Which would be a little bit odd (my children are grown-ups), except for one thing: It doesn’t matter whether our kids are headed off to kindergarten, college, or to a new job on the other side of the country, they are never out of God’s reach. And to me, the back-to-school season represents as good a time as any to ask God to hold them!

Here are four of the prayers I am praying:

Make Robbie glad by your deeds; may he sing for joy at the works of your hands. (Psalm 92:4)

Keep Virginia from all harm; watch over her coming and going, now and forever. (Psalm 121:7-8)

May Hillary and Charlie grow in wisdom and stature, and in favor with God and others [co-workers, bosses, friends, and even each other]. (Luke 2:52)

Keep Annesley and Geoff in perfect peace. Give them a steadfast mind [one that stays focused on you, instead of on “what ifs” or worries] and the ability to trust you. (Isaiah 26:3)

If you want to borrow these prayers and personalize them for your own family, click here to download a letter-sized PDF:

If your children are little, consider writing their names in the blanks and tucking one of the cards into a lunchbox or book bag. If they are far-away grown-ups, you might slip a prayer card into a letter (maybe with a Starbucks gift card, right Virginia?). And if you’ve got teenagers, just stick the prayer on your fridge or your dashboard. Your kids might roll their eyes but trust me:  Deep down, they’ll be glad you are praying.

Or maybe don’t share the prayer cards with anyone. Instead, just do like I do, and keep ’em for yourself. I have mine in my prayer journal. Because even though I might THINK it’s my kids who need God, the truth is that I do, too. I need the reminder (as my crew heads off to new people, new places, new things) that, even though I can’t protect them or give them things like wisdom, peace, and joy, God can.

And in fact, that’s exactly what his heart longs to do.

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“Shocking” New Findings on Friendship

News Flash:  Friendship is good for you.

Researchers at U.Va. recently revealed evidence that backs up the idea that the stronger your relationships are, the better your health will be. I won’t go into all the details (they use words like “hypothalamus” and “epinephrine”), but the gist of the report is that if you are under “the threat of electrical shock,” your brain will be a whole lot happier if “a trusted loved one” is near.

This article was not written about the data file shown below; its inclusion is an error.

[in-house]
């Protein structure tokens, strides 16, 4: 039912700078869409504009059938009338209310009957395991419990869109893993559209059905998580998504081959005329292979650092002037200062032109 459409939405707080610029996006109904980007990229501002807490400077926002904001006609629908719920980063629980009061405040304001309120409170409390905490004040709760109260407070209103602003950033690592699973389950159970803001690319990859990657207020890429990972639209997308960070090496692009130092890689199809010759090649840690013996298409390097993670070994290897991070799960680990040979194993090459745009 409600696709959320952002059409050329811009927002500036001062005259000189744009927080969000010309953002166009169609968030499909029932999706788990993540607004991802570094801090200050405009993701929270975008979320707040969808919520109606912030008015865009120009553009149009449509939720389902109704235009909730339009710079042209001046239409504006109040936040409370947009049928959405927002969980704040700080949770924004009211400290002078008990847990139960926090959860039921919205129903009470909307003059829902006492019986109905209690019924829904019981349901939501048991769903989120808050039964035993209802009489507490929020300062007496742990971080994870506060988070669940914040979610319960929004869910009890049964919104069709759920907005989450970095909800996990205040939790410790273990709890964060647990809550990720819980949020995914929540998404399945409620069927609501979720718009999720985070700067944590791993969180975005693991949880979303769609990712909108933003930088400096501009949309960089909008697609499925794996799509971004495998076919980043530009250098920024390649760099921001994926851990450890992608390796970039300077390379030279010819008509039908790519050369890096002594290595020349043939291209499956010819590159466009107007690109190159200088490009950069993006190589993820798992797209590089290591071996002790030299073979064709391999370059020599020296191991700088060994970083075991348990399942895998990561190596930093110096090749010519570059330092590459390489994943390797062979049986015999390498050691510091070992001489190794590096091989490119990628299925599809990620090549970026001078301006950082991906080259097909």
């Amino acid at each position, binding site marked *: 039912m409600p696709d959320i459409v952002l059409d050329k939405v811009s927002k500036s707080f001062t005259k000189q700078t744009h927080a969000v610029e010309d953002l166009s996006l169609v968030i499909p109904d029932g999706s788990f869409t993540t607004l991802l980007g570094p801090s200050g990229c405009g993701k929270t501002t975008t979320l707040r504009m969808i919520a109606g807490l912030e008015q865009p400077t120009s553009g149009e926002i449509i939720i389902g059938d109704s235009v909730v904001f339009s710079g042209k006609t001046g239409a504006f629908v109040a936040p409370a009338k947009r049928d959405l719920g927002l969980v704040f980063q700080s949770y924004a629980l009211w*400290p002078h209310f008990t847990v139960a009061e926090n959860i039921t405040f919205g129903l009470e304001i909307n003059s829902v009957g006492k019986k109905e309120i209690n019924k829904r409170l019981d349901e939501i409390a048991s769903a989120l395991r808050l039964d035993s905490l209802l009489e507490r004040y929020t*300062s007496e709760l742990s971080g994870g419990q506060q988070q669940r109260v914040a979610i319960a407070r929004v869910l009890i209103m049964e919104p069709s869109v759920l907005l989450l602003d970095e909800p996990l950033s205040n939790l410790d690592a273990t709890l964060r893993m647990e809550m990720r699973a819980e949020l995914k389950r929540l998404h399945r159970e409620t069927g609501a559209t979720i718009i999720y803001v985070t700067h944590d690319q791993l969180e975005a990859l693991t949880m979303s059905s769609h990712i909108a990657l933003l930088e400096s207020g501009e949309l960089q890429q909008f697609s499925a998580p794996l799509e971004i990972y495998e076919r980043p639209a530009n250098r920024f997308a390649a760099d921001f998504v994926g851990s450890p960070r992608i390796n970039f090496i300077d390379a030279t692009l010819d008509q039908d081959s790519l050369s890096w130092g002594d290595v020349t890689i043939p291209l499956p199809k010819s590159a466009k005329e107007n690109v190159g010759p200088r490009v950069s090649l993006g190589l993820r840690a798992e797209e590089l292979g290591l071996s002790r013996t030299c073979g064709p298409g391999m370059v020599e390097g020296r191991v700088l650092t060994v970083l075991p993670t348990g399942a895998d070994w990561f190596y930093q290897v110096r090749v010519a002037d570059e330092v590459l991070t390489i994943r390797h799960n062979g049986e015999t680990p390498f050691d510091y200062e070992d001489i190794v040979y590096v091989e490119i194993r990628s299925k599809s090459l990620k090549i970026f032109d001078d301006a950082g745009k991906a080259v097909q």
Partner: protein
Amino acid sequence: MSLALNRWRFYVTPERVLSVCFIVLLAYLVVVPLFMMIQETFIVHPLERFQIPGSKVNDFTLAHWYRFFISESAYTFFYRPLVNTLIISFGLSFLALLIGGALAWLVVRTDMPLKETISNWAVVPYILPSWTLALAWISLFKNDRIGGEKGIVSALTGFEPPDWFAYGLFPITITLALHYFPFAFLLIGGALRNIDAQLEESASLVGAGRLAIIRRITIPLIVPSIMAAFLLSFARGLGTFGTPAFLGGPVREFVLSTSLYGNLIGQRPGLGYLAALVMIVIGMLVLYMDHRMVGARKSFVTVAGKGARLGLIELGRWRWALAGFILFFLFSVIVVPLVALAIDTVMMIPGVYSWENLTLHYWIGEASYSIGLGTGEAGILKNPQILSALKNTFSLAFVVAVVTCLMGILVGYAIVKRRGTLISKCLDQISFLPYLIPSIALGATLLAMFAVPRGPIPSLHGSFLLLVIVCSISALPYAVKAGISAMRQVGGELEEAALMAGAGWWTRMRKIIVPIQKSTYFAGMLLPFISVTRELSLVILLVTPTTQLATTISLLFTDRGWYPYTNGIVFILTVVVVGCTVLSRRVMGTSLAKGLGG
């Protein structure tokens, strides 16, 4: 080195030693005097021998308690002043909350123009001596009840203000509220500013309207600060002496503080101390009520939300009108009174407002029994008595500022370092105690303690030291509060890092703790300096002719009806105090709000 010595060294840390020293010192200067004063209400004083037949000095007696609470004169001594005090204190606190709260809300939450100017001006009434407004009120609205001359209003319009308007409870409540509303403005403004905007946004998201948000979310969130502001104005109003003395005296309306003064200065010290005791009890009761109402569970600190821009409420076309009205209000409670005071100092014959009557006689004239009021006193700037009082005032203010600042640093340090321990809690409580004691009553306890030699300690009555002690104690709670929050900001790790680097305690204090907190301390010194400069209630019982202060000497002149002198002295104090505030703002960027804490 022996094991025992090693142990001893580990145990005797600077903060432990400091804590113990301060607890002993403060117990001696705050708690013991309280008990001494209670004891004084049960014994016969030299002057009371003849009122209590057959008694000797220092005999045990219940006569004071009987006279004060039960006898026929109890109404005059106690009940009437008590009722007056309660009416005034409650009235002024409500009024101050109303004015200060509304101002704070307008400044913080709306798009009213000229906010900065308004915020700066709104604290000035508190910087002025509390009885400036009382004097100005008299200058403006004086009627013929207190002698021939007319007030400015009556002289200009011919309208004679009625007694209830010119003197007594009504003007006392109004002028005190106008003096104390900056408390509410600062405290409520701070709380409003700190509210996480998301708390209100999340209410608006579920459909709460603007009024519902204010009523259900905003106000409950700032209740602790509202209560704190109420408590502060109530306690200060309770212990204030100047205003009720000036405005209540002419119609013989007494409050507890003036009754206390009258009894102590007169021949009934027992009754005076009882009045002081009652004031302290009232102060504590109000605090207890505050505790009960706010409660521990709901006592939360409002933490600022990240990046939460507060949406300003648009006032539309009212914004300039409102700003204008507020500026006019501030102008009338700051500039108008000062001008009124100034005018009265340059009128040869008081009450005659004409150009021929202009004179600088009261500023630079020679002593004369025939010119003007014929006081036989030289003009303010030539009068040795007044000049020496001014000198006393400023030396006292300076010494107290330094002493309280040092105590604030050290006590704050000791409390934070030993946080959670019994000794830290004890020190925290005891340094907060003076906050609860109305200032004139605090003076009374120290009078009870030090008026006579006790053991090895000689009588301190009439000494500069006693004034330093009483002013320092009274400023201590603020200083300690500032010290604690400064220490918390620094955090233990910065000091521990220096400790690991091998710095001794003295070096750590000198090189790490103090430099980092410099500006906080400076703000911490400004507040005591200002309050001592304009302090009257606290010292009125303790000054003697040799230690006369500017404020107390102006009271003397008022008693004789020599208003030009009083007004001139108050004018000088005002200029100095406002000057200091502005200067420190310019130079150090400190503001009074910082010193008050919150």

And, if you are holding that person’s hand, all the better.

“Having that hand to hold,” notes the lead scientist, “signals that you have resources – you have safety – so any particular stressor is just not as stressful as it might have been.”

But – and this is my favorite line in the whole article – “Nothing similar was found during stranger handholding.”

(How awesome is it that they actually studied that? I mean, if you took my husband and put him outside in a thunderstorm and asked him to hold hands with a stranger, the threat of electrical shock would NOT be his foremost concern.)

Anyhow…

I love it when science catches up with what Christians have known all along: We are created for connection. We thrive in community. When Jesus told us to “Love one another,” he obviously knew that we’d need an uninhibited hypothalamus in order to effectively respond to stress and other unfortunate circumstances.

In celebration of U.Va.’s findings, I’ve pulled together nine of my favorite “friendship” prayers and created a free printable for you:

To download these prayer cards as a letter-sized PDF (you’ll have to cut them up by yourself), click here. Pray the verses for yourself, for your kids, or for anyone who might feel a little James Taylor coming on (like maybe they are down and troubled, or they need a helping hand).

And remember, next time you get caught in a lightning storm (or if you find yourself in one of U.Va.’s brain imaging scanners while a red indicator “X” hints that you are about to be shocked), God has you.

He is with you, wherever you go.

And, as the psalmist says, he is always holding your hand:

If I rise on the wings of the dawn,
if I settle on the far side of the sea,
even there your hand will guide me,
your right hand will hold me fast.

(Psalm 139:9-10)

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Do You Know What Time It Is?

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Back in the 1970s, when I was a middle-schooler, my family spent two weeks every summer at Christian camp that catered to families and singles of all ages, races, and socio-economic backgrounds. The camp met at a mansion in the Hamptons, but if the place had a celebrity status back then (or if, say, Martha Stewart was whipping up a raspberry trifle on the other side of the boxwood hedge), I never knew it. All I knew was that, every year, I couldn’t wait for summer to roll around so that we could all pile into Mom’s bright red station wagon (they got it used, from the fire station) and go to Camp Farthest Out.

(Which was the name of the camp. It was the ’70s, and I guess maybe “Camp Far Out” just didn’t seem far enough.)

I remember one little old lady who came every year, from someplace in New Jersey. If you asked her what time it was, she never looked at her watch. Instead, her face would light up and she would say, “It’s time to praise the Lord!”